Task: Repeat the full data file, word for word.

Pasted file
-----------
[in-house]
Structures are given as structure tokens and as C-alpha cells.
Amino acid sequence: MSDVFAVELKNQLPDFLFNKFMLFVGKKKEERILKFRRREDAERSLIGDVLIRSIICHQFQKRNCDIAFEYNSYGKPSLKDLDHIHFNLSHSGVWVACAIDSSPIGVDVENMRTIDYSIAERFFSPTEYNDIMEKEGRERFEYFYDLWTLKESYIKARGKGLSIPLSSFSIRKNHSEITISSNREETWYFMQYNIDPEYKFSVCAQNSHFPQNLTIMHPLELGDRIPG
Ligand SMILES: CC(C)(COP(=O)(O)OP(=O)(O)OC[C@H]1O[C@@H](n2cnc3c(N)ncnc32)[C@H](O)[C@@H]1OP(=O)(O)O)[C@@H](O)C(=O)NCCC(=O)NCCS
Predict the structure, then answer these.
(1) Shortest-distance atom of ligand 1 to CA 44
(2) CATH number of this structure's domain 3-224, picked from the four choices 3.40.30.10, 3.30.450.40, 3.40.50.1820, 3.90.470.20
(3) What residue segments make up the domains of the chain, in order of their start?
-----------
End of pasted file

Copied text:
[in-house]
Structures are given as structure tokens and as C-alpha cells.
Amino acid sequence: MSDVFAVELKNQLPDFLFNKFMLFVGKKKEERILKFRRREDAERSLIGDVLIRSIICHQFQKRNCDIAFEYNSYGKPSLKDLDHIHFNLSHSGVWVACAIDSSPIGVDVENMRTIDYSIAERFFSPTEYNDIMEKEGRERFEYFYDLWTLKESYIKARGKGLSIPLSSFSIRKNHSEITISSNREETWYFMQYNIDPEYKFSVCAQNSHFPQNLTIMHPLELGDRIPG
Ligand SMILES: CC(C)(COP(=O)(O)OP(=O)(O)OC[C@H]1O[C@@H](n2cnc3c(N)ncnc32)[C@H](O)[C@@H]1OP(=O)(O)O)[C@@H](O)C(=O)NCCC(=O)NCCS
Predict the structure, then answer these.
(1) Shortest-distance atom of ligand 1 to CA 44
(2) CATH number of this structure's domain 3-224, picked from the four choices 3.40.30.10, 3.30.450.40, 3.40.50.1820, 3.90.470.20
(3) What residue segments make up the domains of the chain, in order of their start?